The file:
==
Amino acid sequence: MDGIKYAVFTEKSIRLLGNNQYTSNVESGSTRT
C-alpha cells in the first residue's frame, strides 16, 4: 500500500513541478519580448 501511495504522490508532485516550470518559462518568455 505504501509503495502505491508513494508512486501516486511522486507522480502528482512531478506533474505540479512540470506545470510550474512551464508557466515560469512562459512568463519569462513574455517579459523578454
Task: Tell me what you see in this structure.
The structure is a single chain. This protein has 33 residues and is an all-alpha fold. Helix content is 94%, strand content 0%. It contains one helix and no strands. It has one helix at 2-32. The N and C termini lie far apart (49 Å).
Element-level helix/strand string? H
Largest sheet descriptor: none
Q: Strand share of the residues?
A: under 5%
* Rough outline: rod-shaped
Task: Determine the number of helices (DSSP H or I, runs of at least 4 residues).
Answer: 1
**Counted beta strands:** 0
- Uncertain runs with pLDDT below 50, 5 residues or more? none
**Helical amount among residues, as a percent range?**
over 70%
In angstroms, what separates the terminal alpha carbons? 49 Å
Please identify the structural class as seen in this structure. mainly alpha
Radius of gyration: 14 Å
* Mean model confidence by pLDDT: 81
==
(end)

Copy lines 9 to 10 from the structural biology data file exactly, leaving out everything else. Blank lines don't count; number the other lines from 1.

* Rough outline: rod-shaped
Task: Determine the number of helices (DSSP H or I, runs of at least 4 residues).